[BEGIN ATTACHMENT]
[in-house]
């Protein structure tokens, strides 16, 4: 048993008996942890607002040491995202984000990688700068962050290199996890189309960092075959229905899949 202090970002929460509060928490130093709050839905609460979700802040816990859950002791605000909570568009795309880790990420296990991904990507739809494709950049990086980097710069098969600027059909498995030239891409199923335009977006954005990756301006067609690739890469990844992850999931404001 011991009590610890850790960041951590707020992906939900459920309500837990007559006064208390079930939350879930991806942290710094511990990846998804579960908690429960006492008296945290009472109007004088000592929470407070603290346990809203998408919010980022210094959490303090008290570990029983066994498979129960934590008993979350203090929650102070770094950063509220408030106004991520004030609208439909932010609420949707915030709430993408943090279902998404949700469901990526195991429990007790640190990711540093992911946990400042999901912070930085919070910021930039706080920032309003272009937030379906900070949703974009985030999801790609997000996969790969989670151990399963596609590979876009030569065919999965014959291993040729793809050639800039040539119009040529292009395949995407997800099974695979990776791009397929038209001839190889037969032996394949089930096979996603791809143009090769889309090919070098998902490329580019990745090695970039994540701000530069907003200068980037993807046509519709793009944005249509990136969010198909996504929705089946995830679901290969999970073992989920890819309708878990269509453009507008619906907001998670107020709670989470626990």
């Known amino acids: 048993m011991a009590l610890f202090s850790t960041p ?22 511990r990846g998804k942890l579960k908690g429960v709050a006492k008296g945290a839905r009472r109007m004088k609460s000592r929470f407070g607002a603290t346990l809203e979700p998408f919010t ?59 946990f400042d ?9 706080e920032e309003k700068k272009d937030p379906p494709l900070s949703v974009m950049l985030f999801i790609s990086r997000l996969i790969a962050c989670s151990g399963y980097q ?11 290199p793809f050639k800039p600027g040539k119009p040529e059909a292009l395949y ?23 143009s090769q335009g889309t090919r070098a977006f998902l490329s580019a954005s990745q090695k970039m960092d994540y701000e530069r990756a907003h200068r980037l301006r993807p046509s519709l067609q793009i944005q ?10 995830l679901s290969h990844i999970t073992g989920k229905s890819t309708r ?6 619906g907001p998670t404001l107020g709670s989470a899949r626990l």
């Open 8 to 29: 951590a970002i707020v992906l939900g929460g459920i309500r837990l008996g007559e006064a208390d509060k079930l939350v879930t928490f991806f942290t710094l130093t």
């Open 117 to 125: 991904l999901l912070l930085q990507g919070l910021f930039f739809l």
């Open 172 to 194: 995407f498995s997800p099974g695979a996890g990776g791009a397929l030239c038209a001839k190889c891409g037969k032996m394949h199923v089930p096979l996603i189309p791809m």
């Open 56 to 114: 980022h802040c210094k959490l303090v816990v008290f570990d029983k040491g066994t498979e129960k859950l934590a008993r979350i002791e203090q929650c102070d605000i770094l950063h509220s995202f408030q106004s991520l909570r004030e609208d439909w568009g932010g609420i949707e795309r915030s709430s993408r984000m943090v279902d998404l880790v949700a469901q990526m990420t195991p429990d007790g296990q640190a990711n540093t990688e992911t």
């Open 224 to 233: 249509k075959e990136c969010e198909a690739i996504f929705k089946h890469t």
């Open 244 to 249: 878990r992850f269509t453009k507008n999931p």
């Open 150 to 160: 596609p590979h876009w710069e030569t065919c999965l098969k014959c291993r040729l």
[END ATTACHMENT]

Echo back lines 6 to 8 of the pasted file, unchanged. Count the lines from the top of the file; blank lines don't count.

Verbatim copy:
């Open 172 to 194: 995407f498995s997800p099974g695979a996890g990776g791009a397929l030239c038209a001839k190889c891409g037969k032996m394949h199923v089930p096979l996603i189309p791809m």
């Open 56 to 114: 980022h802040c210094k959490l303090v816990v008290f570990d029983k040491g066994t498979e129960k859950l934590a008993r979350i002791e203090q929650c102070d605000i770094l950063h509220s995202f408030q106004s991520l909570r004030e609208d439909w568009g932010g609420i949707e795309r915030s709430s993408r984000m943090v279902d998404l880790v949700a469901q990526m990420t195991p429990d007790g296990q640190a990711n540093t990688e992911t």
């Open 224 to 233: 249509k075959e990136c969010e198909a690739i996504f929705k089946h890469t």